Yeah, not sure what I was thinking exactly. I'll change the OP. It does restrict the conversation too much.
 
mister kitten
 
Reply Mon 22 Feb, 2010 05:58 pm
@Deckard,
Deckard;130908 wrote:
I think that when most of think of goals we think of personal goals. Group goals are usually secondary if they exist at all. Even when we work as a team we are usually really only team oriented insofar as our personal goals coincide with those of the team.

Having a family is perhaps an exception to this rule; spouses make sacrifices for each other; parents make sacrifices for their children and occasionally children make sacrifices for their parents; friends and siblings occasionally make sacrifices for each other. Yet this seems to be the limit for most of us.

Can anyone honestly say that they have goals that extend beyond this limit? I think professions that involve education and scientific research, perhaps the medical profession, perhaps the military, perhaps the arts, are sometimes orientated more in this direction.

Does anyone honestly think more in terms of our goals than in terms of my goals? I'm interested in making that shift and I am looking for advice.

(removed the bit about religious traditions and superstition.)

Most of my goals are short-term and involve school, chores, and such.
My long-term goals are harder to adjust in a day-to-day lifestyle. I try to make time for my long-term goals because they will stay long-term if nothing is done with them. Or they might vanish.

Group goals are different. Do business companies have one shared goal, or many different individual goals?
What is our goal, philosophyforum?
 
jeeprs
 
Reply Mon 22 Feb, 2010 08:18 pm
@Deckard,
I had a very vivid experience in my early teen years when I suddenly had a sense that there was something I had known, in some distant past, that was the most important thing to know and the one thing never to be forgotten. For that moment, I thought: what was that? When I knew that, I swore never to forget it - and now I've forgotten it.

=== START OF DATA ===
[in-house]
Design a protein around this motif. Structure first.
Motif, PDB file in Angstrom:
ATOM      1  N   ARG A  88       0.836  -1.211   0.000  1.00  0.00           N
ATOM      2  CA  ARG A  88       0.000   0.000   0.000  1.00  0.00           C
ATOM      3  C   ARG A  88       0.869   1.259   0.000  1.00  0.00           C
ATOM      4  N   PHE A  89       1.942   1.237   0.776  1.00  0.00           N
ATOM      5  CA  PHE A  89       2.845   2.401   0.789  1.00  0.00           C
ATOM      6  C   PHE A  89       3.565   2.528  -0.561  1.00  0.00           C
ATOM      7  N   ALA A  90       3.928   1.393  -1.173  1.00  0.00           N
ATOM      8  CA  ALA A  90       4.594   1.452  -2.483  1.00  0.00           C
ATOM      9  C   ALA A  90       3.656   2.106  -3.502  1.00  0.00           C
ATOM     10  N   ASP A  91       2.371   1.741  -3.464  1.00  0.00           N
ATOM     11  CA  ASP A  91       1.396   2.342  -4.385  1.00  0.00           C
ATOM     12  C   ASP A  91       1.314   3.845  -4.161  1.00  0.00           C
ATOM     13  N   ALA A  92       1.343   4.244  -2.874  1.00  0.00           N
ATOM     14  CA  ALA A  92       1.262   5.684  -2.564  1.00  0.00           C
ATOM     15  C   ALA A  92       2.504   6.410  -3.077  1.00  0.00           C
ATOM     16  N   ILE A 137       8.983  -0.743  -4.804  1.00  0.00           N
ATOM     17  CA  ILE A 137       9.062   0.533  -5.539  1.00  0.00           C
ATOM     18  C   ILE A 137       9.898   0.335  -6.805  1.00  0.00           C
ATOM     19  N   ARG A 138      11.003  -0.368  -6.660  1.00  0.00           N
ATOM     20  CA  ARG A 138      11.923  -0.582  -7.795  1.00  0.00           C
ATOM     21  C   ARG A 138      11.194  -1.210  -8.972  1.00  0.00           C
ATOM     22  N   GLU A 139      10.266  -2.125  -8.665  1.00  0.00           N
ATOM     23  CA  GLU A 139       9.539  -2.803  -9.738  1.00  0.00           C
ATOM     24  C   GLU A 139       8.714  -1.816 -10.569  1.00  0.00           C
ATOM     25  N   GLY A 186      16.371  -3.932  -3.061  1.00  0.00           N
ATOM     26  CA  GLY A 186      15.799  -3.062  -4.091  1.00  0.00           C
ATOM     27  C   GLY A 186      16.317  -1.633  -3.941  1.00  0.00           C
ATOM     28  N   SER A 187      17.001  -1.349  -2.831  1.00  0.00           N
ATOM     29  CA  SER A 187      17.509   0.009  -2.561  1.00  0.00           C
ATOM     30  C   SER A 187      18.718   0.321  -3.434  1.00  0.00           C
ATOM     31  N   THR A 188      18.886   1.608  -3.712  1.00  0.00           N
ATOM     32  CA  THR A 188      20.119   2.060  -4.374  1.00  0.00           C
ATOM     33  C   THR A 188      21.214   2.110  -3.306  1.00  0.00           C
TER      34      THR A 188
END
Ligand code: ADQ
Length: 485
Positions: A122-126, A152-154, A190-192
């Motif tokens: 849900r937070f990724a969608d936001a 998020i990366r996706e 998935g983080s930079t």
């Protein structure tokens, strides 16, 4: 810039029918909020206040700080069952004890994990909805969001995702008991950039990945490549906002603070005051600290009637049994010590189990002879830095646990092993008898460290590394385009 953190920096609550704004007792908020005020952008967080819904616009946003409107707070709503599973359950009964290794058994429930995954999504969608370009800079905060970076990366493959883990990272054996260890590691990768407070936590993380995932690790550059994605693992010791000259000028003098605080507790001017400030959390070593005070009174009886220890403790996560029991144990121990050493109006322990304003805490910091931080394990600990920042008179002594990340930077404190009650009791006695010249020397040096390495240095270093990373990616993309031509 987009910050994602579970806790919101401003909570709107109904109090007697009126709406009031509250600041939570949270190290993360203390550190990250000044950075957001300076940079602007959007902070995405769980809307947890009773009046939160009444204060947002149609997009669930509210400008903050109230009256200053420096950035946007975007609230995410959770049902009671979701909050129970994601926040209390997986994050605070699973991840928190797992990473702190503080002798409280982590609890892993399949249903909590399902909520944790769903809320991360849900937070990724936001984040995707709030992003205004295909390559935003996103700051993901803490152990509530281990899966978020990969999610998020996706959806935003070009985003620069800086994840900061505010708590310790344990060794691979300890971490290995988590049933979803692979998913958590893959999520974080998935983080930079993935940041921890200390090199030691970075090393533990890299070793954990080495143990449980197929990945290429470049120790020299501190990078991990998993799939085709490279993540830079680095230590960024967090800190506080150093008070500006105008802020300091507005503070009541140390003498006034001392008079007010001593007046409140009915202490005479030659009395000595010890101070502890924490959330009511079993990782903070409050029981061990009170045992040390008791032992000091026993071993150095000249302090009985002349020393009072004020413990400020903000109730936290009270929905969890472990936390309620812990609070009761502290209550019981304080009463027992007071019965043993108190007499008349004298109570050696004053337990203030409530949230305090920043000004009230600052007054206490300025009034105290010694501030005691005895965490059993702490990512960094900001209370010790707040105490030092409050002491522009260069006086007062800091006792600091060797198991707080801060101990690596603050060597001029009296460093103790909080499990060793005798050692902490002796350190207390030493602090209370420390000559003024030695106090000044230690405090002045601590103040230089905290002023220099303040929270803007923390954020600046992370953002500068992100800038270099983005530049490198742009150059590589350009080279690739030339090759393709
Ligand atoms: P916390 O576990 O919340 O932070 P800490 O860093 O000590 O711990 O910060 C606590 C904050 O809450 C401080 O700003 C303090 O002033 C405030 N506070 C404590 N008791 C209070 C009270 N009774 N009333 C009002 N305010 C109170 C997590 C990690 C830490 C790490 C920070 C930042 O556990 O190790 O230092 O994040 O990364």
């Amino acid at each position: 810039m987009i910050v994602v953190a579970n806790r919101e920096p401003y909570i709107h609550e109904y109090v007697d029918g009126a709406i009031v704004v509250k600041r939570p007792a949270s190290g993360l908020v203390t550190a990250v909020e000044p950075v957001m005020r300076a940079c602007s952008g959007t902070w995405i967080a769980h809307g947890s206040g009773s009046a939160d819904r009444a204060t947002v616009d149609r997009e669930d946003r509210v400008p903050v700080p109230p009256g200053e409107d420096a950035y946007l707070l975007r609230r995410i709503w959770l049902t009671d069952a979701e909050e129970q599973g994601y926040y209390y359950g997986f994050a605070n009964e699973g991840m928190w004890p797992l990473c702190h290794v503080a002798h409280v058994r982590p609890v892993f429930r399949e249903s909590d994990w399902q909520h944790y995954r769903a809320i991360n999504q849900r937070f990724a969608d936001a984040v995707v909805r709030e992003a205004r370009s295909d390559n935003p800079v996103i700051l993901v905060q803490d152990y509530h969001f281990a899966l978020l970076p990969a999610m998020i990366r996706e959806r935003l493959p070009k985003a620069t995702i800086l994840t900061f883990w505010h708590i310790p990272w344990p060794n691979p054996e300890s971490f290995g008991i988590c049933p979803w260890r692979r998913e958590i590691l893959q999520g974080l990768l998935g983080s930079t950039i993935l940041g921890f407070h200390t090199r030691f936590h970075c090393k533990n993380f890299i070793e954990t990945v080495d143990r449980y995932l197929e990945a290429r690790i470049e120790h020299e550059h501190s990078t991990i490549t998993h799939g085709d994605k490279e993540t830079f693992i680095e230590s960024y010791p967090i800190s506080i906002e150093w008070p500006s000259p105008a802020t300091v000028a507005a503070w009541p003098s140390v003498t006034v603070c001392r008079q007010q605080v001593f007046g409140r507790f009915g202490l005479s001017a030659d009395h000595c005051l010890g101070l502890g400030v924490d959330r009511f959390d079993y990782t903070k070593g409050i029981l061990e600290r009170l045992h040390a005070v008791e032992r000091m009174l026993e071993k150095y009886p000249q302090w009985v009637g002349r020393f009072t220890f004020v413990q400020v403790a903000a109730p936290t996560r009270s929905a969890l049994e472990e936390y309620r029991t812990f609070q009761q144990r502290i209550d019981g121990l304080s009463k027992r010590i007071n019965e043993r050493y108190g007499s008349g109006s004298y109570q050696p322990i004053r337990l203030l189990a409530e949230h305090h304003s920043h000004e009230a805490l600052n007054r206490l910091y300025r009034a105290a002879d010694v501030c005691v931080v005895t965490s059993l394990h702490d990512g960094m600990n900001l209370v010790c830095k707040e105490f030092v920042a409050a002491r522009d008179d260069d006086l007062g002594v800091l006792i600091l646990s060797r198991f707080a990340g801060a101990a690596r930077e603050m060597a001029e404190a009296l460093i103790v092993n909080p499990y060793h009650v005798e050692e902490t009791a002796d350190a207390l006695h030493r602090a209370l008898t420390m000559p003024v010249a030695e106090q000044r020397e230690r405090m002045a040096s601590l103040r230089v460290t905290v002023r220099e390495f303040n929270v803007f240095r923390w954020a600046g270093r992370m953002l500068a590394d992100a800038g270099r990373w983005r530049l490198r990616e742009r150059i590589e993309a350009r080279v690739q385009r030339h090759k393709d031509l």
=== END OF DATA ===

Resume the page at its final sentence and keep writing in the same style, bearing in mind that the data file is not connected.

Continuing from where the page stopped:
The moment passed and life went on, but I still remember that experience. And I think the course my life has taken has been influenced by it. I think, now, it was what Plato called anamnesis. I don't know if it is any use to anyone else, but that is how it happened to me.

---------- Post added 02-23-2010 at 01:39 PM ----------

Incidentally I don't think the general question of purpose or goals in life is at all academic. Many people, I think, suffer from a sense of purposelessness. There is a pretty poignant article on suicide in today's Sydney Morning Herald which states, in part

Quote:
The extreme psychological manifestation of Western individualism is a disconnected, psychic desolation best described by the French sociologist Emile Durkheim as anomie, translated as ''without a name''.


Source
 
Reconstructo
 
Reply Mon 22 Feb, 2010 11:40 pm
@jeeprs,
jeeprs;130978 wrote:
So if spirituality is a placebo for life, what are placebos a placebo for, and how come they work so well?

I like that. Placebo has its charms as a metaphor, but your question was a nice twist. A metaphor squared.

---------- Post added 02-23-2010 at 12:42 AM ----------

jeeprs;131264 wrote:


Incidentally I don't think the general question of purpose or goals in life is at all academic. Many people, I think, suffer from a sense of purposelessness. There is a pretty poignant article on suicide in today's Sydney Morning Herald which states, in part



Source


"Without a name." That's great. The uncreated. The ineffable. The under-erasure. The unnameable.
 
Deckard
 
Reply Tue 23 Feb, 2010 12:06 am
@jeeprs,
jeeprs;131264 wrote:
I had a very vivid experience in my early teen years when I suddenly had a sense that there was something I had known, in some distant past, that was the most important thing to know and the one thing never to be forgotten. For that moment, I thought: what was that? When I knew that, I swore never to forget it - and now I've forgotten it.

The moment passed and life went on, but I still remember that experience. And I think the course my life has taken has been influenced by it. I think, now, it was what Plato called anamnesis. I don't know if it is any use to anyone else, but that is how it happened to me.